My WordPress site was hacked and apparently over the past couple days there was an embedded iframe that was causing a virus to be sent down. I did not totally determine what happened, but I’m continuing to investigate. I removed some bad code I saw.
Please make sure you use antivirus and your definition are current. If you do get a warning on any page, please let me know so I can investigate.
Update: I was reminded that using visibility: collapse for menu items leaves them in the key navigation. Instead, you should use hidden=”true” or in places that doesn’t work (context menus) display: none.
In my previous post, I showed how to setup a basic extension in Firefox. Having this extension will allow us to do some Firefox customization. Before I get into this post, though, I wanted to clarify one thing. I had you put your XUL overlay in the root directory and point your content directory to ./. I did that to make things simpler but in practice you’ll want to separate your files. The structure most commonly used is a chrome directory with a content subdirectory underneath. In that case, the directory in the chrome manifest would be chrome/content/.
With that out of the way, let’s customize Firefox. We’re going to prevent a user from accessing private browsing. We need a disclaimer here, though. We are not removing private browsing, we are just removing access. So if the user has an add-on that invokes private browsing, or if they have access to about:config, they can still turn on private browsing. For any of these customizations, there’s an expectation that the right things have been done to prevent the user from accessing functionality via other means.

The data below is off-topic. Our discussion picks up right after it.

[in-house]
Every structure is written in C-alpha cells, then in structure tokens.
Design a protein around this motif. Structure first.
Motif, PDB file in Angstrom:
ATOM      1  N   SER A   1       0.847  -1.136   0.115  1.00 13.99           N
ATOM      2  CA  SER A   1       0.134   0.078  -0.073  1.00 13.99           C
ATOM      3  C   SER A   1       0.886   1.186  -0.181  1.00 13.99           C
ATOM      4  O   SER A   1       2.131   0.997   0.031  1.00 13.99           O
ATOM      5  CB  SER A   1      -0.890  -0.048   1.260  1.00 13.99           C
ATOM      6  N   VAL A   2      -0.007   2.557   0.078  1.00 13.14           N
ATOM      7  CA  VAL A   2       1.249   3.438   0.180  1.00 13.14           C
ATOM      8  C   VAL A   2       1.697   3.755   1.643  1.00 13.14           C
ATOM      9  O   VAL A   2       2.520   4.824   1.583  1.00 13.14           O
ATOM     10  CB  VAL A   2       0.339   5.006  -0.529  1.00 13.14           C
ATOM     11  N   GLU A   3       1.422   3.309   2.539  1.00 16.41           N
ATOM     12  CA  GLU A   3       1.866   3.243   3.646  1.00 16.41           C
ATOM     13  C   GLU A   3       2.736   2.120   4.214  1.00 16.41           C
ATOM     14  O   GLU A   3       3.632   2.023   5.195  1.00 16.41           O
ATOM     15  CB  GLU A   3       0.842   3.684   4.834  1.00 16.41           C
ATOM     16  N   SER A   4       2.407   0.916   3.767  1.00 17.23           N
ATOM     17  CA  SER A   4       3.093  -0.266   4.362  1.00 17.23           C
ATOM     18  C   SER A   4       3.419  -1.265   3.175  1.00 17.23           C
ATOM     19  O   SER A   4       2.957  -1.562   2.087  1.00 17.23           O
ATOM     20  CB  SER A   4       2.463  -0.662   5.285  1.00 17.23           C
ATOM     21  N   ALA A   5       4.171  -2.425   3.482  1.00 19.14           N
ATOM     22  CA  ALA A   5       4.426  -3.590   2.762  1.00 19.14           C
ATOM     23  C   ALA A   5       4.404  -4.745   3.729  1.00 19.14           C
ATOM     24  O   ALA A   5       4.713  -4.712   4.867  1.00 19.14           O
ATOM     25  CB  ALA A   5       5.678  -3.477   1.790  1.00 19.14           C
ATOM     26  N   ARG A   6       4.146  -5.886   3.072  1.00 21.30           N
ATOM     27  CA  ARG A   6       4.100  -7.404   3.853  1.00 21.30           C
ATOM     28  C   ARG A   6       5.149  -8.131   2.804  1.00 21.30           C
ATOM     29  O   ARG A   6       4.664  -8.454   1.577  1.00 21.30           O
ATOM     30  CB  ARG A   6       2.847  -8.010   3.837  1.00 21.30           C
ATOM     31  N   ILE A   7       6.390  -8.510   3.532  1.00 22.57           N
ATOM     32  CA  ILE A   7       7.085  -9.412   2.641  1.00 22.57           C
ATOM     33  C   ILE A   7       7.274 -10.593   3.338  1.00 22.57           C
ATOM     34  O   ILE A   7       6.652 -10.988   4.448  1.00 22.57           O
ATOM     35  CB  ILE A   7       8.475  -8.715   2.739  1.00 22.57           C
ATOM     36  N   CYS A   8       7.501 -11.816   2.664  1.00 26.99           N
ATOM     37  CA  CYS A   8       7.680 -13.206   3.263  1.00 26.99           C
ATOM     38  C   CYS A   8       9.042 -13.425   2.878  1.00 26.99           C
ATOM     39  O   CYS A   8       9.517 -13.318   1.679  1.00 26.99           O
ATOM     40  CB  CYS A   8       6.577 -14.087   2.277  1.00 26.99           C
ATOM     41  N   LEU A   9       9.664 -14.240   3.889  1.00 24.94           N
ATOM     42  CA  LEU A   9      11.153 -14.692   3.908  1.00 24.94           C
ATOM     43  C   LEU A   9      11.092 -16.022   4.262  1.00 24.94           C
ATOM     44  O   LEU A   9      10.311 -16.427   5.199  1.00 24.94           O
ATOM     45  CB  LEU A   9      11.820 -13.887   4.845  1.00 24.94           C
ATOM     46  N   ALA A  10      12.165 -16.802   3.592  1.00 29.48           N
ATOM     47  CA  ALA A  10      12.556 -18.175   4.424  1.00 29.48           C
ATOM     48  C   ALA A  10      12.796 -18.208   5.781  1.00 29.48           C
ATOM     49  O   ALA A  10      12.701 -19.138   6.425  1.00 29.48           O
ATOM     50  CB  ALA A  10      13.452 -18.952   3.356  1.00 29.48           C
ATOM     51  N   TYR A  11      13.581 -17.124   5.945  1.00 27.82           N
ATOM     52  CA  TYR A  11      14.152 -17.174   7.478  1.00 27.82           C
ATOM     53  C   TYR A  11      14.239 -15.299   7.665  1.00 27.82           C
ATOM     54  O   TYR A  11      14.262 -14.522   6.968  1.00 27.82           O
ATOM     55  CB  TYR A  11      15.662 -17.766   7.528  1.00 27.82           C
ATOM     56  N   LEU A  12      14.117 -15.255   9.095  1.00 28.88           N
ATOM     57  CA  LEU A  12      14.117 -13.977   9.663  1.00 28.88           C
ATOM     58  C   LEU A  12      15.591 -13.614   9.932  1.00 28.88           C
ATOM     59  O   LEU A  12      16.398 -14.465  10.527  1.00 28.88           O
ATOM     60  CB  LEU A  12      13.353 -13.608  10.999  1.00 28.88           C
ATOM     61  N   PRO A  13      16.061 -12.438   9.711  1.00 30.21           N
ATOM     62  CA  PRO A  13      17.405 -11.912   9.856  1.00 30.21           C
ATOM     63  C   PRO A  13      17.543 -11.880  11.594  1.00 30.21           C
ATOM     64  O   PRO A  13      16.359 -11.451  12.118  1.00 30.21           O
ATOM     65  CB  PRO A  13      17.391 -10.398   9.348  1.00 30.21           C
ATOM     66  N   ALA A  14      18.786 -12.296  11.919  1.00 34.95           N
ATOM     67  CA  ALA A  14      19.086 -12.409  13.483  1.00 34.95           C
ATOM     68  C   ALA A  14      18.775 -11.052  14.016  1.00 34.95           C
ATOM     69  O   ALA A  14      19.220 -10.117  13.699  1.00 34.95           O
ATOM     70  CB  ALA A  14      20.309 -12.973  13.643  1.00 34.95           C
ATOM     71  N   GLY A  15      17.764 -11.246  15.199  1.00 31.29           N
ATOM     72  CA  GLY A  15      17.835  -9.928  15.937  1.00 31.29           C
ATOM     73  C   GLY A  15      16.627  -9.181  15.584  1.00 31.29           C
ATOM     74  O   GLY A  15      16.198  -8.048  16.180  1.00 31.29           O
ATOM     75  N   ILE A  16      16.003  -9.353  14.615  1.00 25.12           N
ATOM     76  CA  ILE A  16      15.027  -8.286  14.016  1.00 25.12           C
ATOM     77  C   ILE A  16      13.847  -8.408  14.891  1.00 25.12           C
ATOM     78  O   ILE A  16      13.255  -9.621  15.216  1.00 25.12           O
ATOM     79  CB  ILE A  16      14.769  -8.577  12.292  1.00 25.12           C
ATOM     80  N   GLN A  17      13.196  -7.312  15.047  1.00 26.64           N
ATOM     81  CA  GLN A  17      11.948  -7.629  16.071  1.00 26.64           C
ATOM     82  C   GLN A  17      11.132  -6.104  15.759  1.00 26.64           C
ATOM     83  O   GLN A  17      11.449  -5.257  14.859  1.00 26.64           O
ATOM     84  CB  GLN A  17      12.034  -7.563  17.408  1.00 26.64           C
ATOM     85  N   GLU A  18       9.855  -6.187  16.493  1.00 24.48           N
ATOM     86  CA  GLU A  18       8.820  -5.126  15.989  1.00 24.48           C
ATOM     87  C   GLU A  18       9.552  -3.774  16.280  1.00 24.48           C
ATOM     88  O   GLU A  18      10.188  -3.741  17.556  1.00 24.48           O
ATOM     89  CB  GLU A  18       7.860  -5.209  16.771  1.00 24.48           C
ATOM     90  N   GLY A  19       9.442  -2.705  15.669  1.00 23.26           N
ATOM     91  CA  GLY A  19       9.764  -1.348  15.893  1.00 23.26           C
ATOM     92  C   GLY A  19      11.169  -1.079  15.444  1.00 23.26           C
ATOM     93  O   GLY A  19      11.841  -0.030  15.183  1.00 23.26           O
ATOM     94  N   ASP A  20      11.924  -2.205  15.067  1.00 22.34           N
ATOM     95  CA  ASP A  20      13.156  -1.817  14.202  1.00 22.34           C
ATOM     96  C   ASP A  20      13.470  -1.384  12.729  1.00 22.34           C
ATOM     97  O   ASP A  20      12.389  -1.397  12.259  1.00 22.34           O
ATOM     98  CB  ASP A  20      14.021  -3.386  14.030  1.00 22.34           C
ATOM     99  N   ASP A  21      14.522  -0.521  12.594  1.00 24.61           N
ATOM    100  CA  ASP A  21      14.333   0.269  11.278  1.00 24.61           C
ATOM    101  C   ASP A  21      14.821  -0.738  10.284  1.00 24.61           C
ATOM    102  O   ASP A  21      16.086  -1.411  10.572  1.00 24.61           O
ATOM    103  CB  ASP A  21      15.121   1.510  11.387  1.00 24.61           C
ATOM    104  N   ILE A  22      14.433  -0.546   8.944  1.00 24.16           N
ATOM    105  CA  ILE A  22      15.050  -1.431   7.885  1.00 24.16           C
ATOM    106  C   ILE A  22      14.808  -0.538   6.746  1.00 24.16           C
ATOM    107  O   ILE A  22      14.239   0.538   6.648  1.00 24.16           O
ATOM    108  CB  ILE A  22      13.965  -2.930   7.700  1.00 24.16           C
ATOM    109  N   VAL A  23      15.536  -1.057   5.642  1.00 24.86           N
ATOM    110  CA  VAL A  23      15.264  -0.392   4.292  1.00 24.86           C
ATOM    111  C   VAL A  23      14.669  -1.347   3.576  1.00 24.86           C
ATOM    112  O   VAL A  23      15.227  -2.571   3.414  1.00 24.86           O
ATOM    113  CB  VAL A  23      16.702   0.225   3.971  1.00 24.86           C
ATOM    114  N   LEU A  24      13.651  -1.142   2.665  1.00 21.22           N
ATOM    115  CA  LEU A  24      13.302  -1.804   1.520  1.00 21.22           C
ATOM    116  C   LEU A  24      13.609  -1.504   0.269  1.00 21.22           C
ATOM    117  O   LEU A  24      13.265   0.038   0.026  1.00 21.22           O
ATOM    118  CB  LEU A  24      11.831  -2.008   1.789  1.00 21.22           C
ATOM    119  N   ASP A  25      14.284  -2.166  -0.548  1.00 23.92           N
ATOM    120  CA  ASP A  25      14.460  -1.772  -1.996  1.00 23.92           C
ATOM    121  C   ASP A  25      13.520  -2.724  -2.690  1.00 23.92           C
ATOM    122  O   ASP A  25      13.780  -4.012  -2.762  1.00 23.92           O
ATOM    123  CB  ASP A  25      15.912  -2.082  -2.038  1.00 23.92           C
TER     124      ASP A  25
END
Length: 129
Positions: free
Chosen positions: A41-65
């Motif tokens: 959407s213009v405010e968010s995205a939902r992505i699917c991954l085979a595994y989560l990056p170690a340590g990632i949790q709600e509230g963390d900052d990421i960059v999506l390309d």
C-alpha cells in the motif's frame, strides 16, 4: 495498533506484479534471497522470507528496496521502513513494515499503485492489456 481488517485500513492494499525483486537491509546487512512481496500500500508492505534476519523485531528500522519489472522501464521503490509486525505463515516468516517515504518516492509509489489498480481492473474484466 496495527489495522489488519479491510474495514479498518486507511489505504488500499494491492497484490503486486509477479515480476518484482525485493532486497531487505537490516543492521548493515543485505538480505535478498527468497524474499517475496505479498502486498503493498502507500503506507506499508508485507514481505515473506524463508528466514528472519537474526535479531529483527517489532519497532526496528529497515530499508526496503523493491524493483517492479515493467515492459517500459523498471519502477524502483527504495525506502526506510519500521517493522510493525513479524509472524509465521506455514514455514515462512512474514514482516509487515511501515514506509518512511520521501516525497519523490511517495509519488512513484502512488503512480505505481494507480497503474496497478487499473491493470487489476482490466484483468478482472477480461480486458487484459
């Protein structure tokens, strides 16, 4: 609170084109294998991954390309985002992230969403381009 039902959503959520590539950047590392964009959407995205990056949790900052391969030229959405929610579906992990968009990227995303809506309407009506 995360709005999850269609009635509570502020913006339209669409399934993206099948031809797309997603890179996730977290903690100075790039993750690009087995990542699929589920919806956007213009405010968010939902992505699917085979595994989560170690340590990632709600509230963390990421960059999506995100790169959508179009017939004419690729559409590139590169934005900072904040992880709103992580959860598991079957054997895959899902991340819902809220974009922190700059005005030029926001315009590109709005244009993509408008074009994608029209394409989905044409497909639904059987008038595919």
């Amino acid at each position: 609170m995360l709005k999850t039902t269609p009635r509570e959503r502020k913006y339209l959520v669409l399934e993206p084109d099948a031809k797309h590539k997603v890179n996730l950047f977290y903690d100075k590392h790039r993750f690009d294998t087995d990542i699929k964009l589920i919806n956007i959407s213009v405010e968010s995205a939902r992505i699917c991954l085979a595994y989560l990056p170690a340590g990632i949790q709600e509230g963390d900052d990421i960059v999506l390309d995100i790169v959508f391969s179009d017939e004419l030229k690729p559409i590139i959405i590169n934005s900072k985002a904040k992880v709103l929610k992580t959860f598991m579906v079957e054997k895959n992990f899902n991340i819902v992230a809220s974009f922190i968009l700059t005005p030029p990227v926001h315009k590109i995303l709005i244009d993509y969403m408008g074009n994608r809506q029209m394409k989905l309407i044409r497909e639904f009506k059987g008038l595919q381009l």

I’ve decided I’m going to expand on my earlier post about customizing Firefox with extensions. A lot of the things people have asked for recently can only be accomplished with extensions, so I want to try to give people a very basic handle on creating extensions so I can then give sample code of the specific things people are trying to do.
My goal here is NOT to teach people how to build extensions. You can find that information on AMO or MDN. My goal is give people a very basic understanding of how one particular type of extension works so I can produce simple code snippets you can drop in and use for your Firefox distribution. If you need anything more complex, you’re going to have to hire me.
Recently I had to modify a page to work with Pinterest. The problem was that all the images on the page were either CSS background images or had a height or width of less than 80 pixels. In those cases, the Pin It bookmarklet simply ignores the images. So the question I had was how to make a page Pinterest friendly without impacting the design.
This article on Ars Technica seemed to fly under the radar, so I wanted to make sure people saw it.
Ars browser shootout: which Web browser is best for business?
I was interviewed for the article. You can see my comments on page 4.